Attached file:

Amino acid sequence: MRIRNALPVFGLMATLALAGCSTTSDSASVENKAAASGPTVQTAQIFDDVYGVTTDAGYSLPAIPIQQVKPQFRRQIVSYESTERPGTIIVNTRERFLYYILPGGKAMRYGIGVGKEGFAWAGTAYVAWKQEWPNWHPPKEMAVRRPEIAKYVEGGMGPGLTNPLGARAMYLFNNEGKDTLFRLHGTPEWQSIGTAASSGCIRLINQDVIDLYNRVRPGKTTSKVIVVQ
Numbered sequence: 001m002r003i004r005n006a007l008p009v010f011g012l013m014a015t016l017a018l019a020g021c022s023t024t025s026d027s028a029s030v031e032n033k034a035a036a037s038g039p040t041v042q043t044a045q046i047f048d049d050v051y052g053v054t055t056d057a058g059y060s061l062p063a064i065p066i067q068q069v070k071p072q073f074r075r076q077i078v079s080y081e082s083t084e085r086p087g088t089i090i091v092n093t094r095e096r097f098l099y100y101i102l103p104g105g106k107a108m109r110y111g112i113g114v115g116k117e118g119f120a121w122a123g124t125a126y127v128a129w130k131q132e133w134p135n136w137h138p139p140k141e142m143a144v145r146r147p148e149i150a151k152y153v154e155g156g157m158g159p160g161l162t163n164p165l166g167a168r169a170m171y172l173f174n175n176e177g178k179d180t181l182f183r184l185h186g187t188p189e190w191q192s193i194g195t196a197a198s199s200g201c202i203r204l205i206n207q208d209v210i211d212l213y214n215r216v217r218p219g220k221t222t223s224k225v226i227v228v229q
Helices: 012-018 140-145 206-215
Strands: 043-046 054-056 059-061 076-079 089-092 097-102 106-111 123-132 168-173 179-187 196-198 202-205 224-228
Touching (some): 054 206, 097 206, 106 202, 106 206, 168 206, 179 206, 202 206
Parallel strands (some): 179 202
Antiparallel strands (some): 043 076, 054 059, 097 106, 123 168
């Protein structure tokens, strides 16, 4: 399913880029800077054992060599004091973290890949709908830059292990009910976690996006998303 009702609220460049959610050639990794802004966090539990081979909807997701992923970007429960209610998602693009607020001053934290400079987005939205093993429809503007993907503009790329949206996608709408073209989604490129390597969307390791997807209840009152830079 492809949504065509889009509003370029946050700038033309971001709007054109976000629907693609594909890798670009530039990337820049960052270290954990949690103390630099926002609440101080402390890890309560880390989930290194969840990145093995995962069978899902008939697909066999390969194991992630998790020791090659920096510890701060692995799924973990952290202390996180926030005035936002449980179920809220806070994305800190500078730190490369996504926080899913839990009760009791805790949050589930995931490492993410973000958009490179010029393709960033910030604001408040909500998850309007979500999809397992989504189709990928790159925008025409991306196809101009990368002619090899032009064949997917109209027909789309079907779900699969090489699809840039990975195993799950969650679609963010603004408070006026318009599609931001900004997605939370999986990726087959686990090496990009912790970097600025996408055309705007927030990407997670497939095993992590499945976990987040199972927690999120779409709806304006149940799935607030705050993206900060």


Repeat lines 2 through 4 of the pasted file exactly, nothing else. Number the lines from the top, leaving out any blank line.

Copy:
Numbered sequence: 001m002r003i004r005n006a007l008p009v010f011g012l013m014a015t016l017a018l019a020g021c022s023t024t025s026d027s028a029s030v031e032n033k034a035a036a037s038g039p040t041v042q043t044a045q046i047f048d049d050v051y052g053v054t055t056d057a058g059y060s061l062p063a064i065p066i067q068q069v070k071p072q073f074r075r076q077i078v079s080y081e082s083t084e085r086p087g088t089i090i091v092n093t094r095e096r097f098l099y100y101i102l103p104g105g106k107a108m109r110y111g112i113g114v115g116k117e118g119f120a121w122a123g124t125a126y127v128a129w130k131q132e133w134p135n136w137h138p139p140k141e142m143a144v145r146r147p148e149i150a151k152y153v154e155g156g157m158g159p160g161l162t163n164p165l166g167a168r169a170m171y172l173f174n175n176e177g178k179d180t181l182f183r184l185h186g187t188p189e190w191q192s193i194g195t196a197a198s199s200g201c202i203r204l205i206n207q208d209v210i211d212l213y214n215r216v217r218p219g220k221t222t223s224k225v226i227v228v229q
Helices: 012-018 140-145 206-215
Strands: 043-046 054-056 059-061 076-079 089-092 097-102 106-111 123-132 168-173 179-187 196-198 202-205 224-228